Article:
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Thread: Stropping

  1. #1
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    Question Stropping

    Ok so this goes out to all you guys who use your knives in a professional setting. I need some help in deciding weather to spend some $$ on a stropping kit and wonder if there is actually a tangible difference between stropped and un-stropped knives.

    How does stropping affect your knife performance in the kitchen?
    Does it benefit me to strop my knives for work in a professional kitchen?
    Do you strop your work knives?

  2. #2
    Senior Member shankster's Avatar
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    I don't think there's a right or wrong answer to this question.It's all a matter of personal taste in edges.Some pros want a toothier edge in a work environment so stropping or even finishing on a really high grit stone won't give them the results they're looking for.Some want the sharpest/keenest edge you can possibly get, so stropping is part of their sharpening ritual.

    Personal preference.

  3. #3
    Senior Member rockbox's Avatar
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    You can strop on anything that is slightly abrasive such as news paper. You don't have to buy a kit to do it. The kits may give you a better edge, but you test it out cheaply to see if it works for you before you invest money. Jon said that most chef's in japan go up to 6K and strop on newspaper.
    "Insanity: doing the same thing over and over again and expecting different results." --Albert Einstein

  4. #4
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    The most important thing to keep in mind is burr removal. How you do it and what is required to do it depends on the steel and your technique on the stones. Ideally, you'll have very little burr left by the time you finish sharpening so you just need something slightly abrasive and/or fibrous to finish grinding it off or actually pulling it off. You can do this on your finishing stone by raising the angle and stroking very lightly in either direction. In short, you don't need a strop. It does make things easier in many respects but as others have mentioned, not necessarily better.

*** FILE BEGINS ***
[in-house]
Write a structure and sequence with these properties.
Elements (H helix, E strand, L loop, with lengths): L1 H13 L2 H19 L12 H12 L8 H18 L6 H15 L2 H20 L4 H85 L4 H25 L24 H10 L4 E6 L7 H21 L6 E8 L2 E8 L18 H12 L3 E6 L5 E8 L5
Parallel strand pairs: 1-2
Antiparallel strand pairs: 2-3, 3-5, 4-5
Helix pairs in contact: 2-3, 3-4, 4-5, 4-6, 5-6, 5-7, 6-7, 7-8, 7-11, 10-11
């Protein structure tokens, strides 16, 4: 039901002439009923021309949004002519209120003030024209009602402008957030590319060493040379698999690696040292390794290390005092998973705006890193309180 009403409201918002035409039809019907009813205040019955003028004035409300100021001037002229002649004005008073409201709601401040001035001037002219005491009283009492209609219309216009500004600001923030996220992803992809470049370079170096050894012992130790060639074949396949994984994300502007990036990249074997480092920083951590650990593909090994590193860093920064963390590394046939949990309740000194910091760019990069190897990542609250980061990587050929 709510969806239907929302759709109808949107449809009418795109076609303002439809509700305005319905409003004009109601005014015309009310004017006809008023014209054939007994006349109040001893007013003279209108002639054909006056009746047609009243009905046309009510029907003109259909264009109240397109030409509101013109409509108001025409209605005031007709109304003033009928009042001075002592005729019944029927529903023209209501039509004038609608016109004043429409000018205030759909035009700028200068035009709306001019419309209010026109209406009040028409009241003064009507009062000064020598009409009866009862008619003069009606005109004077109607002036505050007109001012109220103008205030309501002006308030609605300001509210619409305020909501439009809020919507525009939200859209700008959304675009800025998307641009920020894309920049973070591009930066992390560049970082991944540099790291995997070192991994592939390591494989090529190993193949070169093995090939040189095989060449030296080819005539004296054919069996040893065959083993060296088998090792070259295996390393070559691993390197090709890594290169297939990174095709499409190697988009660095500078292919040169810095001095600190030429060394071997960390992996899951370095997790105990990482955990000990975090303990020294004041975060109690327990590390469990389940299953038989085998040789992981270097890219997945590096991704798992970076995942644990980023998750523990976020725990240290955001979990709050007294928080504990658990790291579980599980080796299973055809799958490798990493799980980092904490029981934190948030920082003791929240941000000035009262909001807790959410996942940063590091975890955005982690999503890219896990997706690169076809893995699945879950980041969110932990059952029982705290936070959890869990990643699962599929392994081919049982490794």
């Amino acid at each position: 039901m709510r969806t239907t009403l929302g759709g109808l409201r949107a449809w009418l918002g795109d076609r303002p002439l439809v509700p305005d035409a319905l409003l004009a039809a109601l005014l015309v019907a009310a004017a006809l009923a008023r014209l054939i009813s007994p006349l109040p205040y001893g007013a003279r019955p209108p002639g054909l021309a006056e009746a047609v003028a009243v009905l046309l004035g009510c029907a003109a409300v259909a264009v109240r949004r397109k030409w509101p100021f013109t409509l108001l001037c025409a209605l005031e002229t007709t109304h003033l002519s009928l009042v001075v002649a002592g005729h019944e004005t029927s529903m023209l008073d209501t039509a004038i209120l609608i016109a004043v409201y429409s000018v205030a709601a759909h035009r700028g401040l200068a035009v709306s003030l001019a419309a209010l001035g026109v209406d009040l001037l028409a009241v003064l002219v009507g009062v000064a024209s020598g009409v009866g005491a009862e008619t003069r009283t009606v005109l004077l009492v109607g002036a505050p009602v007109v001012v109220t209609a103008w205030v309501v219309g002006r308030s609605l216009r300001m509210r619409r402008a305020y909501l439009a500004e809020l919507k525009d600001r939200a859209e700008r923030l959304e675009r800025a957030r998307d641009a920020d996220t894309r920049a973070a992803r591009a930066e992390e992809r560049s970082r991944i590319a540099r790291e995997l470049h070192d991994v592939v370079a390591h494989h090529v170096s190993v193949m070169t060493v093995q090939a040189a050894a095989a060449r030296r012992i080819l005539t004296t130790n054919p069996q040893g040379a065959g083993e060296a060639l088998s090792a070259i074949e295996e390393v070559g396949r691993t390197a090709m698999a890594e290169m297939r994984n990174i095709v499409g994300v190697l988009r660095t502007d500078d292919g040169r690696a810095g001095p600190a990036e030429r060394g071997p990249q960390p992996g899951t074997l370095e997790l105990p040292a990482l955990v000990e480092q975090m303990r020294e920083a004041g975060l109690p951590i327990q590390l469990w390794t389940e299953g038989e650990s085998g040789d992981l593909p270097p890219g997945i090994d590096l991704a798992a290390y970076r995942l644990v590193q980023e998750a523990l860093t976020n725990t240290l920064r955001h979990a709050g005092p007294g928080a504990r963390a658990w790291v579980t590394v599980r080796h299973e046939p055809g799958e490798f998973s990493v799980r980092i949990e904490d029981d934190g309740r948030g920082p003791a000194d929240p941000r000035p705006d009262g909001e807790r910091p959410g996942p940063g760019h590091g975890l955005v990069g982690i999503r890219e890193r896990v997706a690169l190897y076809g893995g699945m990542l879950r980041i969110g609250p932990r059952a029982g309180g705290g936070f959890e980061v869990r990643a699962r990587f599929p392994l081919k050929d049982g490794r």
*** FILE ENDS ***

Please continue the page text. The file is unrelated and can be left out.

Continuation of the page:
5. #5
    Senior Member Citizen Snips's Avatar
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    Quote Originally Posted by tk59 View Post
    The most important thing to keep in mind is burr removal. How you do it and what is required to do it depends on the steel and your technique on the stones. Ideally, you'll have very little burr left by the time you finish sharpening so you just need something slightly abrasive and/or fibrous to finish grinding it off or actually pulling it off. You can do this on your finishing stone by raising the angle and stroking very lightly in either direction. In short, you don't need a strop. It does make things easier in many respects but as others have mentioned, not necessarily better.